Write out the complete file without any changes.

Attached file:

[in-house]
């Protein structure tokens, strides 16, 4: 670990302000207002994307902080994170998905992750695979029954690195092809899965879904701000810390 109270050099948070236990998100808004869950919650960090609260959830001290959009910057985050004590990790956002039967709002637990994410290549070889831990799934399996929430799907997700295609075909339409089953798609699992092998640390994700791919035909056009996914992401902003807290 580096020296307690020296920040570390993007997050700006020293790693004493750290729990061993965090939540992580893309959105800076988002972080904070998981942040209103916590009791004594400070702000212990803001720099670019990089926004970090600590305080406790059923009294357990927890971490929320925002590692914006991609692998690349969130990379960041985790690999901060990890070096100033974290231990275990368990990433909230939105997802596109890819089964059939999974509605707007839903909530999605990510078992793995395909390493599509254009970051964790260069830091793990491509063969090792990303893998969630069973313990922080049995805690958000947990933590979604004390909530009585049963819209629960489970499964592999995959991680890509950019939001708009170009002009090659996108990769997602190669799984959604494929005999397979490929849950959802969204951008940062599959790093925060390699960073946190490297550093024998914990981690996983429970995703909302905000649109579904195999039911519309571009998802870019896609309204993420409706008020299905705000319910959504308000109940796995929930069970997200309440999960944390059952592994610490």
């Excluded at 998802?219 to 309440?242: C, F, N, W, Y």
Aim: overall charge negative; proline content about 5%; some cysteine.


[in-house]
């Protein structure tokens, strides 16, 4: 670990302000207002994307902080994170998905992750695979029954690195092809899965879904701000810390 109270050099948070236990998100808004869950919650960090609260959830001290959009910057985050004590990790956002039967709002637990994410290549070889831990799934399996929430799907997700295609075909339409089953798609699992092998640390994700791919035909056009996914992401902003807290 580096020296307690020296920040570390993007997050700006020293790693004493750290729990061993965090939540992580893309959105800076988002972080904070998981942040209103916590009791004594400070702000212990803001720099670019990089926004970090600590305080406790059923009294357990927890971490929320925002590692914006991609692998690349969130990379960041985790690999901060990890070096100033974290231990275990368990990433909230939105997802596109890819089964059939999974509605707007839903909530999605990510078992793995395909390493599509254009970051964790260069830091793990491509063969090792990303893998969630069973313990922080049995805690958000947990933590979604004390909530009585049963819209629960489970499964592999995959991680890509950019939001708009170009002009090659996108990769997602190669799984959604494929005999397979490929849950959802969204951008940062599959790093925060390699960073946190490297550093024998914990981690996983429970995703909302905000649109579904195999039911519309571009998802870019896609309204993420409706008020299905705000319910959504308000109940796995929930069970997200309440999960944390059952592994610490």
């Excluded at 998802?219 to 309440?242: C, F, N, W, Y």
Aim: overall charge negative; proline content about 5%; some cysteine.